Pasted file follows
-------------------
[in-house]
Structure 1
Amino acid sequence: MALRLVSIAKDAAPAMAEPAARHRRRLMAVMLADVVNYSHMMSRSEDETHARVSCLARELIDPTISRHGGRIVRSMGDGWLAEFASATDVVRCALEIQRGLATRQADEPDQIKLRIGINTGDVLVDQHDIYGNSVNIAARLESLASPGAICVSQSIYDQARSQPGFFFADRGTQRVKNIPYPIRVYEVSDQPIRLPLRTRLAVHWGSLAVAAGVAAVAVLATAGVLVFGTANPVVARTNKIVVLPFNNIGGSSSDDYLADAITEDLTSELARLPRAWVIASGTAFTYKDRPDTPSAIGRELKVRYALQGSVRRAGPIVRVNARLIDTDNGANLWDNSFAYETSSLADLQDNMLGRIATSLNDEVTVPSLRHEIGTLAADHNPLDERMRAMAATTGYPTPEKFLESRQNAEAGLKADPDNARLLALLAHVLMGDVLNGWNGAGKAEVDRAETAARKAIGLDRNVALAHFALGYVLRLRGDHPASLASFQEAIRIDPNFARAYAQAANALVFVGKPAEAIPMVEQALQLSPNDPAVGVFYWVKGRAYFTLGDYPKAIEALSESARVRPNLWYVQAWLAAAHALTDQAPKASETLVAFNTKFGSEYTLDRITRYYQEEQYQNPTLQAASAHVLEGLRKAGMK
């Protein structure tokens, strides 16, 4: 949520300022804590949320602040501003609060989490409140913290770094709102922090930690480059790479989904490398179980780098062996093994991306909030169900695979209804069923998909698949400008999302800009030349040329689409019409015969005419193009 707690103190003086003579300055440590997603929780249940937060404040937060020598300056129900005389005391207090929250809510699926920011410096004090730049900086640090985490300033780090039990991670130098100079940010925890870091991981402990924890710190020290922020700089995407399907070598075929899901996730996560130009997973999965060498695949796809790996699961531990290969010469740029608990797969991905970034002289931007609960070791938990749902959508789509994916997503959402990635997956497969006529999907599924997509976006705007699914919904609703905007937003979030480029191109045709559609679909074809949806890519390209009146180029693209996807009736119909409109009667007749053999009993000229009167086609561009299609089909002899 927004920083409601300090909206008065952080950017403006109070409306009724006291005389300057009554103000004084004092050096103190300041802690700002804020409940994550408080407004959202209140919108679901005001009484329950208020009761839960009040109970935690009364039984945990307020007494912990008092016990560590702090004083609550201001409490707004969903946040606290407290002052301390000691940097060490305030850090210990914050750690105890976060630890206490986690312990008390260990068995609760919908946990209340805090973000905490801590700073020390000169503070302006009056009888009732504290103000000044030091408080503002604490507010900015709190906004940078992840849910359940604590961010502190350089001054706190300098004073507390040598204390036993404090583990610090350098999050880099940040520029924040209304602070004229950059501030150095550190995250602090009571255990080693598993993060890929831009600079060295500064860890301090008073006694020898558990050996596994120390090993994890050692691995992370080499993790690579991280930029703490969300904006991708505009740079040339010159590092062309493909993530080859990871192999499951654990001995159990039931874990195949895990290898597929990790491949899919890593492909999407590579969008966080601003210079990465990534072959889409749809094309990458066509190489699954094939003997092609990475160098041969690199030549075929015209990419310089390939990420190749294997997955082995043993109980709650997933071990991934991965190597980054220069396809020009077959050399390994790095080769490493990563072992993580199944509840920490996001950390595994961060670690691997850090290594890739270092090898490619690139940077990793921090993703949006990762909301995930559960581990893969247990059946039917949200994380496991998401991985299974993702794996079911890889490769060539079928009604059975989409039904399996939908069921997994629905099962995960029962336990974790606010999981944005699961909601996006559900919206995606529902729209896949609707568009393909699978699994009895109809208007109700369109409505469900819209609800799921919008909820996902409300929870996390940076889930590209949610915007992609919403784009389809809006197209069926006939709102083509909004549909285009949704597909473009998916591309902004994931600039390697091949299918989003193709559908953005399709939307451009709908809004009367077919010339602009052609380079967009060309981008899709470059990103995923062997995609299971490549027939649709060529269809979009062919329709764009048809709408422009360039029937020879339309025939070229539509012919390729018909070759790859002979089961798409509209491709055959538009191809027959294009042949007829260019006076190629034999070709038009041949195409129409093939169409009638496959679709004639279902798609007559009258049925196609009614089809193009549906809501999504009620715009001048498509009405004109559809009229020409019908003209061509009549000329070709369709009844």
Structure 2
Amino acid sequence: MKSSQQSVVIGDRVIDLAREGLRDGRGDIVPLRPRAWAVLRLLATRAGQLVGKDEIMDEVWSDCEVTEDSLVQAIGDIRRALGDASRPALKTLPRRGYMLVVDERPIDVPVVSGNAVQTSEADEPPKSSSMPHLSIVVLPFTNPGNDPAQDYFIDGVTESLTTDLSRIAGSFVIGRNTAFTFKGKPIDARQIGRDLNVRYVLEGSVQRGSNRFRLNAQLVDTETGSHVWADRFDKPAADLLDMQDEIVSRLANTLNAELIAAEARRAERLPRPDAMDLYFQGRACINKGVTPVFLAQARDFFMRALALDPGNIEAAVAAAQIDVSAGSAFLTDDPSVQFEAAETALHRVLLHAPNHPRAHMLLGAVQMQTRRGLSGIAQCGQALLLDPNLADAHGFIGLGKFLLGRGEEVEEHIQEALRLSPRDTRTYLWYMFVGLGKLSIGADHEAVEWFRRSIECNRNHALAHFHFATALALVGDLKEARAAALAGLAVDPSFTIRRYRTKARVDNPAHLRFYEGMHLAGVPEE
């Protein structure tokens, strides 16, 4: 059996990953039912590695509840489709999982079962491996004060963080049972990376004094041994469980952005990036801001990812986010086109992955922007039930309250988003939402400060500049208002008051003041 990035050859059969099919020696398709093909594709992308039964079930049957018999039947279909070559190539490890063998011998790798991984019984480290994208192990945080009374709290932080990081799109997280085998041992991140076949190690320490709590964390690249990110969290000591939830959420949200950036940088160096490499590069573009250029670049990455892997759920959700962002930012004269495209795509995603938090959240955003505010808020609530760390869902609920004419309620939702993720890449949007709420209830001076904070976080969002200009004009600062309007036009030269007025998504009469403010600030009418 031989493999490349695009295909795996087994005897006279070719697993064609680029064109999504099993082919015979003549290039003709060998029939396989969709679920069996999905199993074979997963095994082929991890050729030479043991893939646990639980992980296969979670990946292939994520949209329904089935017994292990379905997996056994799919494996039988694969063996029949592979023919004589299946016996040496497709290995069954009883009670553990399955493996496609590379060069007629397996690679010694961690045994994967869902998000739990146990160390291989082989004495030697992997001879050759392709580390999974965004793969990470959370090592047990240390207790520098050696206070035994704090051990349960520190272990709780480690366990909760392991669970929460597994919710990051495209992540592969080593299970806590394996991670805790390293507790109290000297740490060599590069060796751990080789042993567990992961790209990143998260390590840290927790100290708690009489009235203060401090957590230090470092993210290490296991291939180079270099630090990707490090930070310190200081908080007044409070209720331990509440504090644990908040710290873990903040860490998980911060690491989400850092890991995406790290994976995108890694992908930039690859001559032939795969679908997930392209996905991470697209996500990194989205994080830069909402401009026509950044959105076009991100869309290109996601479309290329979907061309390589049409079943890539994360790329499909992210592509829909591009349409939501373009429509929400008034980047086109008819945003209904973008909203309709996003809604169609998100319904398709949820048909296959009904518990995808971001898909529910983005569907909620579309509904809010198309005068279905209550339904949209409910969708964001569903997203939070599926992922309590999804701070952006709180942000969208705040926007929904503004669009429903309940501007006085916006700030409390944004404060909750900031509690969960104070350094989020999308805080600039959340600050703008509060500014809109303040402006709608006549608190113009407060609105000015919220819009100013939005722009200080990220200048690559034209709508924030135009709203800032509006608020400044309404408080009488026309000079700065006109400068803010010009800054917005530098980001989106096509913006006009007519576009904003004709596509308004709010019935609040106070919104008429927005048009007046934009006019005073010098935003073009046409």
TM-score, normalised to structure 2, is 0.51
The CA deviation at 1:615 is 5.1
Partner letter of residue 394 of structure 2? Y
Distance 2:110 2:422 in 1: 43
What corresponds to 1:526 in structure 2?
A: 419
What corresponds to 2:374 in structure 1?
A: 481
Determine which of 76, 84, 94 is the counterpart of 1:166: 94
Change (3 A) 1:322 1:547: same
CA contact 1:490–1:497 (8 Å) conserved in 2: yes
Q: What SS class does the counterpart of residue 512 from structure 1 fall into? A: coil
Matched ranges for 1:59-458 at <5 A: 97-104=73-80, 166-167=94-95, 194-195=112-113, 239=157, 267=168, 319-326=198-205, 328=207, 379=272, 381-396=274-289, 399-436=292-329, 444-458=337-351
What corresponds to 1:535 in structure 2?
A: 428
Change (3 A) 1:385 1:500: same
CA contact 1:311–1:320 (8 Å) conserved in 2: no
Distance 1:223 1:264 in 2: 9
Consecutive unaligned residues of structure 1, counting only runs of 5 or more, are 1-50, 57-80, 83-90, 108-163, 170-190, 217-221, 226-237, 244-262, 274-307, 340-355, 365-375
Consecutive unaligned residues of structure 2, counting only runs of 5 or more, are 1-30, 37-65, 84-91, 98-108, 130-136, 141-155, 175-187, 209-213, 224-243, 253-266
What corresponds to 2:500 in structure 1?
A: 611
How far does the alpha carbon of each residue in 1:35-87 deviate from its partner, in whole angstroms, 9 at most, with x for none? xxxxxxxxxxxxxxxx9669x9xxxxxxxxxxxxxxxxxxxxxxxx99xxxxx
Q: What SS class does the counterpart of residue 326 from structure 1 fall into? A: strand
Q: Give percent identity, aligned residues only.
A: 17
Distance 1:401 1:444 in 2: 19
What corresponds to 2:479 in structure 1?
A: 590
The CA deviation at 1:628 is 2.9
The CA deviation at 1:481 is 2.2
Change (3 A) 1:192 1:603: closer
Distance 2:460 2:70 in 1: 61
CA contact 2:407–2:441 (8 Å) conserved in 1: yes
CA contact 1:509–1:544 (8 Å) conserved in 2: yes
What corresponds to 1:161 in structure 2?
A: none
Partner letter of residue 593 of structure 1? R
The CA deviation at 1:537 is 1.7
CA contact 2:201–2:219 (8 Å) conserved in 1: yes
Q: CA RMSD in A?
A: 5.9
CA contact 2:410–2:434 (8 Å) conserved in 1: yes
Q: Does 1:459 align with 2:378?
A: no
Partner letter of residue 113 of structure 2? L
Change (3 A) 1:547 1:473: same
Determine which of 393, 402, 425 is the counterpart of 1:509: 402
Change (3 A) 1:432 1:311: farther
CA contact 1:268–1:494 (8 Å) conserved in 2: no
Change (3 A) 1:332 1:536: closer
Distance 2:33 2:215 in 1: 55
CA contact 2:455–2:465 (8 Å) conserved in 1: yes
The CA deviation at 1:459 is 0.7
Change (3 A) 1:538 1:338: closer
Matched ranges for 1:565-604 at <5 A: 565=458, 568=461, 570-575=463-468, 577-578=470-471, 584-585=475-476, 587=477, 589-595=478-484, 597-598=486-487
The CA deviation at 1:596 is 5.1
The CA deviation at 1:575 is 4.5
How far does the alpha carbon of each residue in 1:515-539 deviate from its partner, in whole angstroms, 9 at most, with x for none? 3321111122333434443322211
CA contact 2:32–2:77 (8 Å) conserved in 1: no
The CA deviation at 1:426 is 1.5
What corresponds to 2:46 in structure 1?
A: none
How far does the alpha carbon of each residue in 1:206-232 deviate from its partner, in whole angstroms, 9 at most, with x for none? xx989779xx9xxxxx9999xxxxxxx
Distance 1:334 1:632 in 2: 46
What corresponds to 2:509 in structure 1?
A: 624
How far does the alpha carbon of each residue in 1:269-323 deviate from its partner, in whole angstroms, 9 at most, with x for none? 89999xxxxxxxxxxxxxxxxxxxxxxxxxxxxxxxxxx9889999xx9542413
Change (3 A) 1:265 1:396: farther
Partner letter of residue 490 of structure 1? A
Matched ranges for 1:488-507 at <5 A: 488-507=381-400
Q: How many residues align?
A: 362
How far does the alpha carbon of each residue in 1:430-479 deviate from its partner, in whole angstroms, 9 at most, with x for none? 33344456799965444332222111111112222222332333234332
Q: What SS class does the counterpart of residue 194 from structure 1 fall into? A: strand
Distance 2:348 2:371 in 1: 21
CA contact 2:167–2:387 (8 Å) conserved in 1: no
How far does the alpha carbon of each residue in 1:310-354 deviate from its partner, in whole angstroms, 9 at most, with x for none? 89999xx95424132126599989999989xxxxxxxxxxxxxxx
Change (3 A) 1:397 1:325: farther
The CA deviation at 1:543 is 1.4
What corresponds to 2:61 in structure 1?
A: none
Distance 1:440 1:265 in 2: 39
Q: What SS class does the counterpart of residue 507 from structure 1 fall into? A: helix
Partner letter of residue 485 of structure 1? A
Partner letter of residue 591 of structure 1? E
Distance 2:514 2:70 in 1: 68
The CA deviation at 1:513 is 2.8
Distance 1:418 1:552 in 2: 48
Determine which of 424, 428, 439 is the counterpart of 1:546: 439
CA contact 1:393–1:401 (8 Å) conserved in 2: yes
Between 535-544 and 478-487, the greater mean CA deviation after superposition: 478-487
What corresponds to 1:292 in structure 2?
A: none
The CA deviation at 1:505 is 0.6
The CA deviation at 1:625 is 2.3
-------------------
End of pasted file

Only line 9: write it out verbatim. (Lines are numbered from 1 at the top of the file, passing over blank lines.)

The CA deviation at 1:615 is 5.1